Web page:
8. Ireland demonstrates that fiscal deficits promote growth (December 24, 2015) – analysed the implications of Ireland as a rather strange Eurozone Member State, given that it is more firmly plugged in to the Anglo world than other Eurozone nations. While the Irish government was suppressing domestic demand through austerity from as early as 2009, significant trading partners (such as, Britain, the US and China) were maintaining expansionary fiscal positions, which allowed Ireland to resume growth. Further, a narrow focus on the growth cycle misses significant aspects of national prosperity. Even with two years of economic growth, real earnings growth was flat to negative, the rate of enforced deprivation remains around 30 per cent, and there was a rising proportion of people at risk of poverty. On top of that, net emigration of skilled workers continued, which means that the official unemployment rate was much lower than it would have been if these workers had not left the country.
9. Irish national accounts – smoke and mirrors really (July 20, 2016) – documented the ridiculous data release which showed that between 2014 and 2015, Ireland grew by a staggering 26.3 per cent. Apparently, exports grew by 34.4 per cent and Gross physical capital formation grew by 26.7 per cent, which had to be a data fudge. There had been a rise in the number of aircrafts that have been sent to Ireland to be leased back to international carriers. Further, the tax inversion distortions continued – several large corporation relocated their ‘legal domicile’ to Ireland as a tax haven while leaving their main operations somewhere else where they actually produce things and employ people. The shifting balance sheet is recorded as production (capital formation) in the Irish National Accounts.
10. Ireland – not as rosy as the official story might suggest (January 2, 2018) – my last report on the data scams and how it distorts the public debate. This post reports on an official enquiry conducted by the Irish Central Statistics Office (CSO) to review the data anomalies and come up with a better framework for measuring economic activity. A new measure GNI* (Modified Gross National Income) was proposed which would exclude the depreciation attributable to relocated capital assets and the impact of re-domiciled firms.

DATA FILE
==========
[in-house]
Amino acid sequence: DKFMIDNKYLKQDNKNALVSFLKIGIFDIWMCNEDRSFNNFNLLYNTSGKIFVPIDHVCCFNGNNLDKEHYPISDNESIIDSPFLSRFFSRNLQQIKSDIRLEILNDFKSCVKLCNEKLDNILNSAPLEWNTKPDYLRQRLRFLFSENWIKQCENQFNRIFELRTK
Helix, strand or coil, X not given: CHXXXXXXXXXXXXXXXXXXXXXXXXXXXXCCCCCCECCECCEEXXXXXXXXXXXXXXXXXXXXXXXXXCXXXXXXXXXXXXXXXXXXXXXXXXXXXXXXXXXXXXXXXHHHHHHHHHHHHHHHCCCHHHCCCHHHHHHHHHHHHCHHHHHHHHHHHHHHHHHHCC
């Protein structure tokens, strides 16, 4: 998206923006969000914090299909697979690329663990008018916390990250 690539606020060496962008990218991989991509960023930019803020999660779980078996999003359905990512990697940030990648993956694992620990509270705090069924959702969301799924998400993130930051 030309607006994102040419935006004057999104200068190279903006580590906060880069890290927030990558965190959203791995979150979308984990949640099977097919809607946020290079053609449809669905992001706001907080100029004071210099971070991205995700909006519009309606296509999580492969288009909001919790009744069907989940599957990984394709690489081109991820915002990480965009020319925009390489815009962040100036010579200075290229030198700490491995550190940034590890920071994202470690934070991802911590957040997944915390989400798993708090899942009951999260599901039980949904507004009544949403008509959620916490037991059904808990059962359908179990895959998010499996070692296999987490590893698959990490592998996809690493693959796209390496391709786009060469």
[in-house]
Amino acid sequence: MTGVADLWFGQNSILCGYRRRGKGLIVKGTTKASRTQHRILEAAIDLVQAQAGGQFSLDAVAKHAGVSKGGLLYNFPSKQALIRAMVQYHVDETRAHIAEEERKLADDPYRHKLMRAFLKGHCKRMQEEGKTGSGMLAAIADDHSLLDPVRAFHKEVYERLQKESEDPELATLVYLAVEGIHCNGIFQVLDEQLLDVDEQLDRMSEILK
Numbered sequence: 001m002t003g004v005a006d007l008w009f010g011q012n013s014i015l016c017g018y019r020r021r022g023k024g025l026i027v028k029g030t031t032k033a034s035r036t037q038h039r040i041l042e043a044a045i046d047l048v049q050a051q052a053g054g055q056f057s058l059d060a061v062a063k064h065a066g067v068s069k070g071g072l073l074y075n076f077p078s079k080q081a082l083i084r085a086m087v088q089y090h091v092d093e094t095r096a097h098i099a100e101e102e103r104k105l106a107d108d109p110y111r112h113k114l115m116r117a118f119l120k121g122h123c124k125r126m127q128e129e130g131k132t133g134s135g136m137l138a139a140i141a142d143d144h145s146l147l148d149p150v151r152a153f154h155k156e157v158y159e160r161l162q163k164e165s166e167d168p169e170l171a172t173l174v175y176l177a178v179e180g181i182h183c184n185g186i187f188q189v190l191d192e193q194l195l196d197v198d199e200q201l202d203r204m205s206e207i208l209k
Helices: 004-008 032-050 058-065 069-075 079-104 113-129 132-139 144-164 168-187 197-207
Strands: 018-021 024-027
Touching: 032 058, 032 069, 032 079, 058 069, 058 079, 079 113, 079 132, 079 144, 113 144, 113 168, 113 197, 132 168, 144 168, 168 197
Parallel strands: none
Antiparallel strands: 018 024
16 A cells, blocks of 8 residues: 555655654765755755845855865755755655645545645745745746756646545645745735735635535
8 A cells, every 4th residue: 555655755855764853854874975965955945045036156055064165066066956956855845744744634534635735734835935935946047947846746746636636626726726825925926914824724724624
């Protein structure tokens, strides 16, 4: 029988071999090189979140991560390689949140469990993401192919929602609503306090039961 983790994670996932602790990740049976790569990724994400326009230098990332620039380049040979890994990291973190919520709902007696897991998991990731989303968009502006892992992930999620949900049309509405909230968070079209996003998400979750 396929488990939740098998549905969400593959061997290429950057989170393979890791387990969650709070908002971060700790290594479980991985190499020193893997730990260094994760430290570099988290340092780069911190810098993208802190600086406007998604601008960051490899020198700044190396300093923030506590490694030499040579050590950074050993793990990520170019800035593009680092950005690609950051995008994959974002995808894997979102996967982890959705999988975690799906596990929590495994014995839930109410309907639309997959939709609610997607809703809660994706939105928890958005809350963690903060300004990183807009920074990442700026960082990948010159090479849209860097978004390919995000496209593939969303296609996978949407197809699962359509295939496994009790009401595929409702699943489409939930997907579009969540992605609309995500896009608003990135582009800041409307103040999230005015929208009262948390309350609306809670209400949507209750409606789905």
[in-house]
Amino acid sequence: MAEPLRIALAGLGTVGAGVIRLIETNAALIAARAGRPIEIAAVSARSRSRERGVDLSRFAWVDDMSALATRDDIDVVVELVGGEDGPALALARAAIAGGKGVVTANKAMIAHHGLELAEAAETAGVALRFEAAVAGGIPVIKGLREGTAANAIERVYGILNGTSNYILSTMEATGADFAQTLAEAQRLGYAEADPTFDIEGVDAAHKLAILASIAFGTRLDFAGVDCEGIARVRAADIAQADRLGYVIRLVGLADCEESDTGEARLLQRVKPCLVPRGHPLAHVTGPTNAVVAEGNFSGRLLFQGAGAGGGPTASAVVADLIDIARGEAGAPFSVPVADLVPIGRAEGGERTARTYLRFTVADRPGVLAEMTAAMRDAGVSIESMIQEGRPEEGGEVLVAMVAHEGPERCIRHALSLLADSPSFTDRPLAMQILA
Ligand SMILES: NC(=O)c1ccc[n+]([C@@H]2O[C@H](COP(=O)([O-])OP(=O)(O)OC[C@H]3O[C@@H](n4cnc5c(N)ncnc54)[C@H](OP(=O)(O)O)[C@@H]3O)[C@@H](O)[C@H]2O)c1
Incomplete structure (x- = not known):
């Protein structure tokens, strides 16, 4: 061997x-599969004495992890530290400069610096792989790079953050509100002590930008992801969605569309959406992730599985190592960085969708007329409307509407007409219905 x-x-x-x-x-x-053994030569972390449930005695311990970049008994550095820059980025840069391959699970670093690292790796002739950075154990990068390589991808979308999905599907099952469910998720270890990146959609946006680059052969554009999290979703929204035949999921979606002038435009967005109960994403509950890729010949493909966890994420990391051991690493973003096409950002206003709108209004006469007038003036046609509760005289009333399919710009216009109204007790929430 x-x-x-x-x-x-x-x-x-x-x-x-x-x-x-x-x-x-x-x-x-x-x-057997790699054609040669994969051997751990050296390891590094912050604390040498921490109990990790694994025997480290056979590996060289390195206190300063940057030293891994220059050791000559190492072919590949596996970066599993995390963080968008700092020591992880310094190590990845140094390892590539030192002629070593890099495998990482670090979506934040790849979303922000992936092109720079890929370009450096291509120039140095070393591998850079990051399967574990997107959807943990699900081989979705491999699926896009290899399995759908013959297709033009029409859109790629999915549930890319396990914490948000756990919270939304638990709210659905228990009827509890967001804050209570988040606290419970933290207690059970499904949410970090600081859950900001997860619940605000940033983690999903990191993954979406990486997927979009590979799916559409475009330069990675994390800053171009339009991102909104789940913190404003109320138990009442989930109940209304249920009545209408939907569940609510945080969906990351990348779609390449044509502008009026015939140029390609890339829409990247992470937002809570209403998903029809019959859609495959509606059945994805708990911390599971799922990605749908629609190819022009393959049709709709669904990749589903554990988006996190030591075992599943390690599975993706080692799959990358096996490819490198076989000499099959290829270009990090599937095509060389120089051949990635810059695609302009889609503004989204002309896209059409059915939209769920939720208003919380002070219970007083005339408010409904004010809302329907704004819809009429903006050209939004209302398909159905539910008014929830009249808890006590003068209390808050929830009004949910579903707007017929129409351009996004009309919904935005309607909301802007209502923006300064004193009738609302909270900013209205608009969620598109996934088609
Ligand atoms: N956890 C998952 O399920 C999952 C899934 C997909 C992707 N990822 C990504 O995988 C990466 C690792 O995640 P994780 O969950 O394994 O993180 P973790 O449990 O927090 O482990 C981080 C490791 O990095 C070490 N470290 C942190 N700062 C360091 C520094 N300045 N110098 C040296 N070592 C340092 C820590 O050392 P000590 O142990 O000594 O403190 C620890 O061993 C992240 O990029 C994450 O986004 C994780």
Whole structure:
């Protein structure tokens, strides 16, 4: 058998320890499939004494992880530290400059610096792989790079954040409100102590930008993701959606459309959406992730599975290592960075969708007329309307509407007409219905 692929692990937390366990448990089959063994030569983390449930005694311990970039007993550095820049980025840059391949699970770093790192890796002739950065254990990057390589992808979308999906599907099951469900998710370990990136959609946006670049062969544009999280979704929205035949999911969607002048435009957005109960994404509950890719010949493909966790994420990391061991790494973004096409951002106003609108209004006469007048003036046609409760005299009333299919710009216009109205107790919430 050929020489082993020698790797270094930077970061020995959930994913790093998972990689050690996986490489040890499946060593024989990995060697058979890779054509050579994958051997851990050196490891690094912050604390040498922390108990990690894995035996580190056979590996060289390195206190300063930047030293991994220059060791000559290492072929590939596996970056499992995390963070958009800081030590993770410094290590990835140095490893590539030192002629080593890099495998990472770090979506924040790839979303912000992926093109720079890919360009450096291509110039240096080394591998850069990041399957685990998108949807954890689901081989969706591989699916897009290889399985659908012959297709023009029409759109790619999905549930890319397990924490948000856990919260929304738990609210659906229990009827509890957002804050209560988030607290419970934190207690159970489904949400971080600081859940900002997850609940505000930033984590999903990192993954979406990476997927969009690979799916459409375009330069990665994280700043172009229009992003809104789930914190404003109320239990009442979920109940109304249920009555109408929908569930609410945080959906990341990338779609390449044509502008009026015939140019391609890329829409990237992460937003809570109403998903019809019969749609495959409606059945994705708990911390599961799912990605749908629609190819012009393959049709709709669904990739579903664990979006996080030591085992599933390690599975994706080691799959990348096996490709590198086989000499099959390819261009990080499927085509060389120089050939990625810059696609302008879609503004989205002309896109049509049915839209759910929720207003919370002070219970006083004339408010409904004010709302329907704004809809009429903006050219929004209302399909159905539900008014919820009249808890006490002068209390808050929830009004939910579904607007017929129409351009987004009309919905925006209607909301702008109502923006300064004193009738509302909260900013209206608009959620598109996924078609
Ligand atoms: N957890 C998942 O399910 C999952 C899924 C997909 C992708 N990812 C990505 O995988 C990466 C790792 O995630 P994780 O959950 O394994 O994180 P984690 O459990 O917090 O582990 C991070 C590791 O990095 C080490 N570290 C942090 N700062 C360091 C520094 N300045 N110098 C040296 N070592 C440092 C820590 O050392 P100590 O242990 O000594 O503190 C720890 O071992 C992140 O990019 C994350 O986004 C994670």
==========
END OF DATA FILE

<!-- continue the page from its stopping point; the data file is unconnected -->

Fast track to 2023
To understand the next graph we need to be clear on what the lines are measuring:
- Gross Domestic Product – is equal to Gross Value Added at factor cost plus taxes on production less subsidies on production. It represents total expenditure on the output of goods and services produced in the country and valued at the prices at which the expenditure is incurred.
- Gross National Product – is equal to Gross Domestic Product at market prices plus net factor income from the rest of the world and represents the total of all payments for productive services accruing to the permanent residents of the country. Some income accrues to Irish residents as a result of economic activity abroad or property held abroad while some income arising in the state is paid to non-residents
- Gross National Income – is equal to Gross National Product at market prices plus EU subsidies less EU taxes. This is more commonly described as being equal to Gross Domestic Product plus net primary incomes from abroad.
- Modified Gross National Income – is equal to Gross National Income at market prices less the factor income of redomiciled companies, less depreciation on R&D service imports and trade in IP and less depreciation on aircraft related to aircraft leasing.
The point is that while GDP measures the total value of goods and services produced by the economy in a given period, not all of the income generated by that production accrues to domestic residents.
GNP adjusts the GDP figure to show the income that accrues to Irish residents.
It gives a better measure of the material benefits of economic activity that accrue to residents.
The modified GNI figure more clearly nets out the tax rorts and other aspects that provide vast benefits to foreigners but do not accrue to residents.
The following graph is based on the quarterly national accounts data from the March-quarter 1995 to the March-quarter 2023.